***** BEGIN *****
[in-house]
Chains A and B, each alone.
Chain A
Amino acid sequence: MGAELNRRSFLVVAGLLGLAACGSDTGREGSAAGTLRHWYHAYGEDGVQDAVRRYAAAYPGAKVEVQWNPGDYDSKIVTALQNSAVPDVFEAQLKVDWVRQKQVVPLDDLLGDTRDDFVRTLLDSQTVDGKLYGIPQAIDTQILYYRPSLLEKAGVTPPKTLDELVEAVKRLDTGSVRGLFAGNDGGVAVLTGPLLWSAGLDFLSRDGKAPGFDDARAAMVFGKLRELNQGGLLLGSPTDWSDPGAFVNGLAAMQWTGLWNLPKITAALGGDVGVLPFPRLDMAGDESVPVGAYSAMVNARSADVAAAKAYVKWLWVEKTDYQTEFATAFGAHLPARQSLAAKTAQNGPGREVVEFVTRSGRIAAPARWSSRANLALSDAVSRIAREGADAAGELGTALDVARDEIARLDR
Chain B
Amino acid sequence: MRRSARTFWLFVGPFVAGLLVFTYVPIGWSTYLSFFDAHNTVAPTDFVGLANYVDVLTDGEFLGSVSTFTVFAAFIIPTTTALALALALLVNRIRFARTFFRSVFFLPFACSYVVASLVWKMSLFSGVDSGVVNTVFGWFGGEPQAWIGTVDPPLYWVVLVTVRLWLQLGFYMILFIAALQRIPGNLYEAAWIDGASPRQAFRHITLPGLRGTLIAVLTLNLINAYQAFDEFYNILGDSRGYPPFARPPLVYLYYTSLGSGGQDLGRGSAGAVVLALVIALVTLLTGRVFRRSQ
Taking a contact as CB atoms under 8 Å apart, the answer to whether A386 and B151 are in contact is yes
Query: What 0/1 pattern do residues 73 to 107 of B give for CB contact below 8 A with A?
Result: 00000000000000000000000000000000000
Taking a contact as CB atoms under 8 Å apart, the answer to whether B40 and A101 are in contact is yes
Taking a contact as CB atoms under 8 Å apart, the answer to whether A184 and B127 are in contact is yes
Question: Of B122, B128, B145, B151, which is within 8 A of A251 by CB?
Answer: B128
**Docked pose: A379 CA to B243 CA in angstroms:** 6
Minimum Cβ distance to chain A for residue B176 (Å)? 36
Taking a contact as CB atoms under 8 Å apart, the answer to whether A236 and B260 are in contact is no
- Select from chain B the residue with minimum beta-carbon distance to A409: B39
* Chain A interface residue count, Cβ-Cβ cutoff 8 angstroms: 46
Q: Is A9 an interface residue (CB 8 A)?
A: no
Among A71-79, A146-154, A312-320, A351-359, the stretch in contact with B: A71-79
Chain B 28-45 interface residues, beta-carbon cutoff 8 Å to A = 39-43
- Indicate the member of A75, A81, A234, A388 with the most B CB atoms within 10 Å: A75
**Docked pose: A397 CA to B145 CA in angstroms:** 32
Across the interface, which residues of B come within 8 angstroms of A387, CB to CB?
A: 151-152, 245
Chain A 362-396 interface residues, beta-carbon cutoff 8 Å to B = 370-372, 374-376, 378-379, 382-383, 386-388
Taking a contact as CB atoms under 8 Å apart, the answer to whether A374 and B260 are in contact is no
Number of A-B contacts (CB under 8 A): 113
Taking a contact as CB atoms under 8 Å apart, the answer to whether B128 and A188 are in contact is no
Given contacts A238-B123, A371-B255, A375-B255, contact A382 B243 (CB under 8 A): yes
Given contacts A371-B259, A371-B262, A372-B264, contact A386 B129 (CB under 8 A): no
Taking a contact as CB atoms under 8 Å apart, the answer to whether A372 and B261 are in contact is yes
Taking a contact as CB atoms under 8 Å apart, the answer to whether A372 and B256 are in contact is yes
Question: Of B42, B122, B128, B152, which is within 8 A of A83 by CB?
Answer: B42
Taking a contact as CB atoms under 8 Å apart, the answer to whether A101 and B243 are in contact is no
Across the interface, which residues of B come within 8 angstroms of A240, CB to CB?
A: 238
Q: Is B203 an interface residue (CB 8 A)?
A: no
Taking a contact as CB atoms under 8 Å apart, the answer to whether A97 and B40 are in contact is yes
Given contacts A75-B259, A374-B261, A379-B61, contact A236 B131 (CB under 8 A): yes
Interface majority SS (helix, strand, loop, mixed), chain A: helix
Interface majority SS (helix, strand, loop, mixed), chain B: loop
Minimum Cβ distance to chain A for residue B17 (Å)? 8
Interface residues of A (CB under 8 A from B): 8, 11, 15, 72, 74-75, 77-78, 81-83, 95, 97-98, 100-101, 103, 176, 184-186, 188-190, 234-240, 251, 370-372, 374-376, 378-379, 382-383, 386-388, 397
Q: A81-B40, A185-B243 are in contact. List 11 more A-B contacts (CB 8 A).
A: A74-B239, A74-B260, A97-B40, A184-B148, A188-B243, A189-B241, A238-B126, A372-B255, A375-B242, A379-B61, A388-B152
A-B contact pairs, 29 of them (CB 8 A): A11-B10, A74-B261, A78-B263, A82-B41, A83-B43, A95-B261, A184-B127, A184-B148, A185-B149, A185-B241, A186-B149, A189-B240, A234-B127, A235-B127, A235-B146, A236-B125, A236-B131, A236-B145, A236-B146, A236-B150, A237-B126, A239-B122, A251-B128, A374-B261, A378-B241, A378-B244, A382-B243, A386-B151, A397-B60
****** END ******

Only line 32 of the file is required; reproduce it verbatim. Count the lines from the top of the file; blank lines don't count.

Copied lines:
Given contacts A371-B259, A371-B262, A372-B264, contact A386 B129 (CB under 8 A): no